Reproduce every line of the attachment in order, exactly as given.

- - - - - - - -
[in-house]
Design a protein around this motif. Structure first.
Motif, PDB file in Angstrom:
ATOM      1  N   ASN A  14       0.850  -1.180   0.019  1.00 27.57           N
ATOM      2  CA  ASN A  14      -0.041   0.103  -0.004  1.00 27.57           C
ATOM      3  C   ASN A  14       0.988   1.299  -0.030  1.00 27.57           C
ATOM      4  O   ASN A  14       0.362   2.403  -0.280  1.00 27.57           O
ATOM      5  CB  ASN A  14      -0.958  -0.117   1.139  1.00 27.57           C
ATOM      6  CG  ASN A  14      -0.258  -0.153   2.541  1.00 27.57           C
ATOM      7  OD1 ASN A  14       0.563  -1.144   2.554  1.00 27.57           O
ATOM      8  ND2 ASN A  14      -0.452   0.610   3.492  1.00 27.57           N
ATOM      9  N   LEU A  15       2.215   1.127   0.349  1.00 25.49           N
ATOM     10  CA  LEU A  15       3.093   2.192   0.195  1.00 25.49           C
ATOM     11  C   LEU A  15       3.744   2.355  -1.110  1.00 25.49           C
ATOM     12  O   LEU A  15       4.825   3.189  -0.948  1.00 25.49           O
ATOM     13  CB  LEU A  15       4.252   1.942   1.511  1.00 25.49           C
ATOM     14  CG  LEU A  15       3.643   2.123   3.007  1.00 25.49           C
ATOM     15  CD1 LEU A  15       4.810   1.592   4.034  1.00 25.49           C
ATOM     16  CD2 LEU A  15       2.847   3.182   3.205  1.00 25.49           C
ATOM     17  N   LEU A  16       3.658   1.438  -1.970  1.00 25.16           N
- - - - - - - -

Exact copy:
[in-house]
Design a protein around this motif. Structure first.
Motif, PDB file in Angstrom:
ATOM      1  N   ASN A  14       0.850  -1.180   0.019  1.00 27.57           N
ATOM      2  CA  ASN A  14      -0.041   0.103  -0.004  1.00 27.57           C
ATOM      3  C   ASN A  14       0.988   1.299  -0.030  1.00 27.57           C
ATOM      4  O   ASN A  14       0.362   2.403  -0.280  1.00 27.57           O
ATOM      5  CB  ASN A  14      -0.958  -0.117   1.139  1.00 27.57           C
ATOM      6  CG  ASN A  14      -0.258  -0.153   2.541  1.00 27.57           C
ATOM      7  OD1 ASN A  14       0.563  -1.144   2.554  1.00 27.57           O
ATOM      8  ND2 ASN A  14      -0.452   0.610   3.492  1.00 27.57           N
ATOM      9  N   LEU A  15       2.215   1.127   0.349  1.00 25.49           N
ATOM     10  CA  LEU A  15       3.093   2.192   0.195  1.00 25.49           C
ATOM     11  C   LEU A  15       3.744   2.355  -1.110  1.00 25.49           C
ATOM     12  O   LEU A  15       4.825   3.189  -0.948  1.00 25.49           O
ATOM     13  CB  LEU A  15       4.252   1.942   1.511  1.00 25.49           C
ATOM     14  CG  LEU A  15       3.643   2.123   3.007  1.00 25.49           C
ATOM     15  CD1 LEU A  15       4.810   1.592   4.034  1.00 25.49           C
ATOM     16  CD2 LEU A  15       2.847   3.182   3.205  1.00 25.49           C
ATOM     17  N   LEU A  16       3.658   1.438  -1.970  1.00 25.16           N